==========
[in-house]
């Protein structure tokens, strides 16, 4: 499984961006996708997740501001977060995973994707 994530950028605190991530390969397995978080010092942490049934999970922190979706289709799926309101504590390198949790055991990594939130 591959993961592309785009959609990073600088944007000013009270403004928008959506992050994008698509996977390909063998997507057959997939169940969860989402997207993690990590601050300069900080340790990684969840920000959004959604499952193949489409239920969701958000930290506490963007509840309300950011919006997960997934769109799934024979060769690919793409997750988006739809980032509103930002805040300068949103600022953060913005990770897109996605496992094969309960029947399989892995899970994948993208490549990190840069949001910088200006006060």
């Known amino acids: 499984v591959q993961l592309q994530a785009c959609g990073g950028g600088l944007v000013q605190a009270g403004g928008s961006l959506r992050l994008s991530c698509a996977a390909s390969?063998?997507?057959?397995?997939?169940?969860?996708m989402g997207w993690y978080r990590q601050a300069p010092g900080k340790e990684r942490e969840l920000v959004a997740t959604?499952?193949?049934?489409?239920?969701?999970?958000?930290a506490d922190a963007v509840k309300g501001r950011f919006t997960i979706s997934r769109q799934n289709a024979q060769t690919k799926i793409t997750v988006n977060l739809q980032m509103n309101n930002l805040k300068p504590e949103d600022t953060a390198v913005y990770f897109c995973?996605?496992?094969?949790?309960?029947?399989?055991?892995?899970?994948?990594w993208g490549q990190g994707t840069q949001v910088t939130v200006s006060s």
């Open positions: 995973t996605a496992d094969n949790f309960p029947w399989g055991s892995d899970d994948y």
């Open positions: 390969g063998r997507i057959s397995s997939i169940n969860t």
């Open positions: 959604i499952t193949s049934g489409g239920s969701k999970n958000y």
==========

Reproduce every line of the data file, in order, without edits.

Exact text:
[in-house]
């Protein structure tokens, strides 16, 4: 499984961006996708997740501001977060995973994707 994530950028605190991530390969397995978080010092942490049934999970922190979706289709799926309101504590390198949790055991990594939130 591959993961592309785009959609990073600088944007000013009270403004928008959506992050994008698509996977390909063998997507057959997939169940969860989402997207993690990590601050300069900080340790990684969840920000959004959604499952193949489409239920969701958000930290506490963007509840309300950011919006997960997934769109799934024979060769690919793409997750988006739809980032509103930002805040300068949103600022953060913005990770897109996605496992094969309960029947399989892995899970994948993208490549990190840069949001910088200006006060």
């Known amino acids: 499984v591959q993961l592309q994530a785009c959609g990073g950028g600088l944007v000013q605190a009270g403004g928008s961006l959506r992050l994008s991530c698509a996977a390909s390969?063998?997507?057959?397995?997939?169940?969860?996708m989402g997207w993690y978080r990590q601050a300069p010092g900080k340790e990684r942490e969840l920000v959004a997740t959604?499952?193949?049934?489409?239920?969701?999970?958000?930290a506490d922190a963007v509840k309300g501001r950011f919006t997960i979706s997934r769109q799934n289709a024979q060769t690919k799926i793409t997750v988006n977060l739809q980032m509103n309101n930002l805040k300068p504590e949103d600022t953060a390198v913005y990770f897109c995973?996605?496992?094969?949790?309960?029947?399989?055991?892995?899970?994948?990594w993208g490549q990190g994707t840069q949001v910088t939130v200006s006060s």
């Open positions: 995973t996605a496992d094969n949790f309960p029947w399989g055991s892995d899970d994948y």
């Open positions: 390969g063998r997507i057959s397995s997939i169940n969860t």
């Open positions: 959604i499952t193949s049934g489409g239920s969701k999970n958000y």